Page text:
# Thread: closed bounded and compact

1. ## closed bounded and compact

consider the set of rationals to be a metric space with metric, d(x,y)=|x-y|. Then let E be the set of all rationals q with 2<q^2<3. Prove that E is closed and bounded. But not compact. I can see that it is bounded. How do i prove the other two?

2. Originally Posted by poorna
consider the set of rationals to be a metric space with metric, d(x,y)=|x-y|. Then let E be the set of all rationals q with 2<q^2<3. Prove that E is closed and bounded. But not compact. I can see that it is bounded. How do i prove the other two?
If it were compact then it would be complete. Clearly there exists a rational sequence $\left\{q_n\right\}$ that is Cauchy in this interval and $q_n\to \sqrt{2}$

3. For example. Define $\gamma_{n+1}=\frac{1}{2}\left(\gamma_n+\frac{2}{\g amma_n}\right)$ with $\gamma_1=\frac{3}{2}$. It is easy to prove that this is monotonically decreasing and bounded below by $1$, and so we know it converges in $\mathbb{R}$, so it must be Cauchy there. And if it's Cauchy there it must be Cauchy here (since a Cauchy sequence is independent of the space it's embedded in). But, $\lim\text{ }\gamma_n=\sqrt{2}$.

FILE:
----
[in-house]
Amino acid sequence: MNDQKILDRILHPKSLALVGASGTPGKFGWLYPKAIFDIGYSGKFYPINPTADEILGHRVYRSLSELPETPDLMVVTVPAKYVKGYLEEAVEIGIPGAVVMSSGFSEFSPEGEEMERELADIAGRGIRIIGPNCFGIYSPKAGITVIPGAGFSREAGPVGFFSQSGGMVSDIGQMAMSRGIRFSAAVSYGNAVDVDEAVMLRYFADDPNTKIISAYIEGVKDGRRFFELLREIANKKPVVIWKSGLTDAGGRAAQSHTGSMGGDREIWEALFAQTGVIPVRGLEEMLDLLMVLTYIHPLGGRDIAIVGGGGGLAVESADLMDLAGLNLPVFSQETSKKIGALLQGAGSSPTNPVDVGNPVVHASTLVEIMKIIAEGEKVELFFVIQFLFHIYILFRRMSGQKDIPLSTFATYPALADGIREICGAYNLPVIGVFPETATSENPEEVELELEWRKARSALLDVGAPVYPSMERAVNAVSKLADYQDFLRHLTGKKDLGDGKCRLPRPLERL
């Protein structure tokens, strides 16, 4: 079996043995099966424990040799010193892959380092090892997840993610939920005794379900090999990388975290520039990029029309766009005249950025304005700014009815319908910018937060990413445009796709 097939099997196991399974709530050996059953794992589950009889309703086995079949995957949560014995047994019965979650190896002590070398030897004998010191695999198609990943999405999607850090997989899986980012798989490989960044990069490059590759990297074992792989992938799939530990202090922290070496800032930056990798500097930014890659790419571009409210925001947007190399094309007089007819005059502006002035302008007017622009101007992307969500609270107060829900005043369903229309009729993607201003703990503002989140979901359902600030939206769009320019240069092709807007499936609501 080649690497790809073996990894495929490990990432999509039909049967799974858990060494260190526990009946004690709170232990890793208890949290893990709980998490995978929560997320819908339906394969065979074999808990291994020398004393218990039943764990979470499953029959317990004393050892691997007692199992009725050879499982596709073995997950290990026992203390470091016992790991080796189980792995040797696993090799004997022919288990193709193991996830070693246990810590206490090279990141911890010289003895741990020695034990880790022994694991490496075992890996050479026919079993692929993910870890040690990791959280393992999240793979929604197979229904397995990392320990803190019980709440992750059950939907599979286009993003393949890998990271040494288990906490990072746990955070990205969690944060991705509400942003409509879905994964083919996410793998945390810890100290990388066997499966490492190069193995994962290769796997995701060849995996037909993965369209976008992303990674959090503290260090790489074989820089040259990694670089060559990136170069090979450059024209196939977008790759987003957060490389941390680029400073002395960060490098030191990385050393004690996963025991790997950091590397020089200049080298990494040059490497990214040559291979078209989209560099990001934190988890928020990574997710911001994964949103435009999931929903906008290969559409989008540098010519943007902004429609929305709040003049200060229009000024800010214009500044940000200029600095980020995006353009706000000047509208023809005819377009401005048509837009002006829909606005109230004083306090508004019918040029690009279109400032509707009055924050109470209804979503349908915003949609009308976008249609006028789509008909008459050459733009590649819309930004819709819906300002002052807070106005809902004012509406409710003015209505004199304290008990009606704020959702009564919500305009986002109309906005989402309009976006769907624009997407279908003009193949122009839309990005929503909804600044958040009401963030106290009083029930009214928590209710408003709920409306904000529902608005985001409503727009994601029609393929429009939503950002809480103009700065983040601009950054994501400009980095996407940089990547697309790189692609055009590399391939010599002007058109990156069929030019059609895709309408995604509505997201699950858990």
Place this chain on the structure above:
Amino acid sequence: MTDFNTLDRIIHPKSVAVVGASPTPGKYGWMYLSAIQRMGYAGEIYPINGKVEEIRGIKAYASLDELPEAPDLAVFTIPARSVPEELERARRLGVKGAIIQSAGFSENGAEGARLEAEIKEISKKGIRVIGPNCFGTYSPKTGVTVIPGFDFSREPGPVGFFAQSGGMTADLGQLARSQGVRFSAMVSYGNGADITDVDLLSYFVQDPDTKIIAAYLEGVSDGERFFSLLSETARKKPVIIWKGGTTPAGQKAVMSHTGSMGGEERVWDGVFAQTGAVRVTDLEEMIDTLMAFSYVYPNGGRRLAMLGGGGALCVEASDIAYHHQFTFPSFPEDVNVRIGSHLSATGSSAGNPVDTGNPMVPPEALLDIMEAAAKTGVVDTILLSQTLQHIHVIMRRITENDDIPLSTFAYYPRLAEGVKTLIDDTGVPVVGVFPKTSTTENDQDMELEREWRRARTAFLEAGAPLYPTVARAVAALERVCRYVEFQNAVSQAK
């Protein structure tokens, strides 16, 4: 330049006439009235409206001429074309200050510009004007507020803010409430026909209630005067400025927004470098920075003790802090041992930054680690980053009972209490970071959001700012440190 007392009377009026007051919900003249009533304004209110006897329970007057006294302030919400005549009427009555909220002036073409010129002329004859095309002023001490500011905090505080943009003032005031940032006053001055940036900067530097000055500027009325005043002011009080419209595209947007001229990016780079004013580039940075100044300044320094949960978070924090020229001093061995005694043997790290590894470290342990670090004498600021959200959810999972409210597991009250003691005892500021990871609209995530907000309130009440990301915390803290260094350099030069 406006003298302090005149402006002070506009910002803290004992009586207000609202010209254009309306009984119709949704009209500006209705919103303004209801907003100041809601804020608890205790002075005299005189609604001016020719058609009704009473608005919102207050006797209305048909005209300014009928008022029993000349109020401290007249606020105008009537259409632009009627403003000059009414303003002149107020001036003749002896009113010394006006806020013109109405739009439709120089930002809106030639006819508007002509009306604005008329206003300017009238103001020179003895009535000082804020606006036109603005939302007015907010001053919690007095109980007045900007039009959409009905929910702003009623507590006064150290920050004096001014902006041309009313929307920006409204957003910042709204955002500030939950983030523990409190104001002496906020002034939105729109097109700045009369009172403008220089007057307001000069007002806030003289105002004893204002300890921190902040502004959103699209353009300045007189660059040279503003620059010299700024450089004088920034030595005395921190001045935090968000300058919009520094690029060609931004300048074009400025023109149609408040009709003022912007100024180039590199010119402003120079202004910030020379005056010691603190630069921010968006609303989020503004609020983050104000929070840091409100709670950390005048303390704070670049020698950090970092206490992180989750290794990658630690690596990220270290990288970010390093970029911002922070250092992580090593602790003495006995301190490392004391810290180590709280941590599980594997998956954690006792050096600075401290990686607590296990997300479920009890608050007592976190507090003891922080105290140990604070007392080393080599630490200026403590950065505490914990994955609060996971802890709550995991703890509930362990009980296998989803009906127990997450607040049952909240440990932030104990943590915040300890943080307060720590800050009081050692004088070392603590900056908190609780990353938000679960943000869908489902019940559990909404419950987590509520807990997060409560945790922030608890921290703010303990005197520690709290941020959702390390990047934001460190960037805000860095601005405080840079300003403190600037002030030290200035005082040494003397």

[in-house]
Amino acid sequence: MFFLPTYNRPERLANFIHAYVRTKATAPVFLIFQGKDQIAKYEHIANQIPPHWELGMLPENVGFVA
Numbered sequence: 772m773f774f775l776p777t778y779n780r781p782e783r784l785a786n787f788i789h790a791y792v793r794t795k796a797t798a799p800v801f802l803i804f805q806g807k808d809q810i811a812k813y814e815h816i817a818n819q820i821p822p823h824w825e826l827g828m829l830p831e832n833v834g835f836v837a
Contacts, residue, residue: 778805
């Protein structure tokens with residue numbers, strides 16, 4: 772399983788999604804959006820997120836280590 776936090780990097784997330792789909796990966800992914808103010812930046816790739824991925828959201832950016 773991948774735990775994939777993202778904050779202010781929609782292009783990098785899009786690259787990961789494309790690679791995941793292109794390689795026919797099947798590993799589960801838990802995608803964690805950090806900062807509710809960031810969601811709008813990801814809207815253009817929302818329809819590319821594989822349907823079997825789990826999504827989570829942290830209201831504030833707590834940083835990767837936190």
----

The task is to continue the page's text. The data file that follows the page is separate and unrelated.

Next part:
4. Well not compact is the easy one to prove so I won't walk about it.

As for closed it is easier to show that the complement is open. WLOG x>0 and $x^2\ge 3$ then you can find $\epsilon$ such that $x^2\pm\epsilon\ge 3$. (note that if $x^2=3$ then x isn't rational)